Restoring a reputation
Stone Art Memorials, whose workshop is on the Sterling Industrial Estate, has just completed a commission to replace the gravestone of Pre-Raphaelite painter Simeon Solomon, following an appeal to raise funds for its restitution.
The grave of this talented but largely forgotten artist lies abandoned, the headstone fallen with the writing effaced by time, in Willesden Jewish Cemetery. Solomon Simeon’s story is one of personal tragedy. Born in 1840, into a prominent Jewish family of artists in London, he was highly-gifted and first exhibited at the Royal Academy at the age of 18.
In the 1850s Rossetti introduced him to the Pre-Raphaelite group, including Holman Hunt, Millais and Burne Jones, who by the 1860s and early 1870s – his key period of work – acknowledged his skills. He was very much at the centre of the group. Burne Jones said: “Solomon was the greatest artist of us all”. His work moved through mythological, classical and symbolist phases. In addition to the literary paintings favoured by the Pre-Raphaelite school, Solomon’s subjects often included scenes from the Hebrew Bible and genre paintings depicting Jewish life and rituals. His association with Swinburne led to his illustrating the poet’s Lesbia Brandon in 1865. He experimented with several styles and in his work there are glimpses of expression and style that were to become famous in artists such as Lord Leighton, Alma Tadema, Beardsley, Klimt and Chagal. He was a shape shifter and at the height of his fame, reproductions of his works were to be found in many Victorian homes. In Oscar Wilde's long prison letter to Lord Alfred Douglas, De Profundis, Wilde writes of his bankruptcy: “That all my charming things were to be sold: my Burne-Jones drawings: my Whistler drawings... my Simeon Solomons...”.
It was Swinburne’s hedonistic and scandalous lifestyle that led Solomon astray. In the hothouse of avant-garde circles in which he moved, he found himself on the margins of society, both as a Jew and as a homosexual. A significant body of his work was often seen as having homoerotic undertones, heavily hinted at by some of his less supportive critics. In 1873 Solomon was arrested with another man in a public toilet off Oxford Street, prosecuted and found guilty. The scandal destroyed his reputation, career and personality. Most of his friends and associates dropped him and the galleries that had exhibited his work refused to show it. Aged 33, he fell into poverty and alcoholism and became an outcast, although he continued to paint and produced some very fine pieces including some excellent portraits, work on Christian themes and a significant number of symbolist paintings. He drifted in and out of St Giles workhouse, but his output became unreliable owing to his bouts of alcoholism and he spent the rest of his life in a downward spiral, still producing work, but shunned. He died in the workhouse in 1905.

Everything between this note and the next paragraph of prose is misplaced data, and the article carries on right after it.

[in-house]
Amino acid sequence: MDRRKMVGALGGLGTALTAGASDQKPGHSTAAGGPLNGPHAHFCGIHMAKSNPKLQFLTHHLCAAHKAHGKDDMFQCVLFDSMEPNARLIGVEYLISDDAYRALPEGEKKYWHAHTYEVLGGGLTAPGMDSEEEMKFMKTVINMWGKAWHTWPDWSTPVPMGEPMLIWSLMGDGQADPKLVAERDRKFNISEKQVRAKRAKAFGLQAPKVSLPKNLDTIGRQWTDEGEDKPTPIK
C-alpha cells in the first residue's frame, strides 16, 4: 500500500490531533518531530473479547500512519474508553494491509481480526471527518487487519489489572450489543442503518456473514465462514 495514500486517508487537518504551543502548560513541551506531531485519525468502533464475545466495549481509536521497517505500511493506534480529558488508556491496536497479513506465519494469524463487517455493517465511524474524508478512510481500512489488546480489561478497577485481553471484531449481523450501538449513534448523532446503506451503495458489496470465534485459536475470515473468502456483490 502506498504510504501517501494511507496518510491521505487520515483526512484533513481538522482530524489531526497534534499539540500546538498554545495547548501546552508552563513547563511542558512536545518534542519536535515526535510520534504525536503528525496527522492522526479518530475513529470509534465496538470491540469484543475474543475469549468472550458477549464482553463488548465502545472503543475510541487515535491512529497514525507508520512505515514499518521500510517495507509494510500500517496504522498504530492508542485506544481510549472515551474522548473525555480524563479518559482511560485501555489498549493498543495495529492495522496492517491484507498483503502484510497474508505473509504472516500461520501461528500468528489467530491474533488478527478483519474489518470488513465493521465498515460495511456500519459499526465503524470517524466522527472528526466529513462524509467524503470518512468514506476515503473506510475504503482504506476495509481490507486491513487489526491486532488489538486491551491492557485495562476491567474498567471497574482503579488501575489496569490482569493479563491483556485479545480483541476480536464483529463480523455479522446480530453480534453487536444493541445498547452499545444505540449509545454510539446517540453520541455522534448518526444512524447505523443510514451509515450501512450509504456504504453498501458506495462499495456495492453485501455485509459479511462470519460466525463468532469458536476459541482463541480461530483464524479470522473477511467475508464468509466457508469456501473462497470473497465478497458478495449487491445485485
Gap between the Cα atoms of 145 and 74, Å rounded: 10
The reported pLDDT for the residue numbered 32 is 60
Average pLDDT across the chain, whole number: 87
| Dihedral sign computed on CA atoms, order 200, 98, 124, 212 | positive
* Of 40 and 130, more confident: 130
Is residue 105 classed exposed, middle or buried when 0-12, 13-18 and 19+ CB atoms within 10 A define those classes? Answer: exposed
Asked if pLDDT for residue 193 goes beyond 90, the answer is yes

Stonemason Joss Nankoo, from Stone Art, designed the new memorial to the given brief and carved the illustration and script, including Hebrew characters, in Welsh slate. The finished memorial is now set to be installed at Willesden Jewish Cemetery.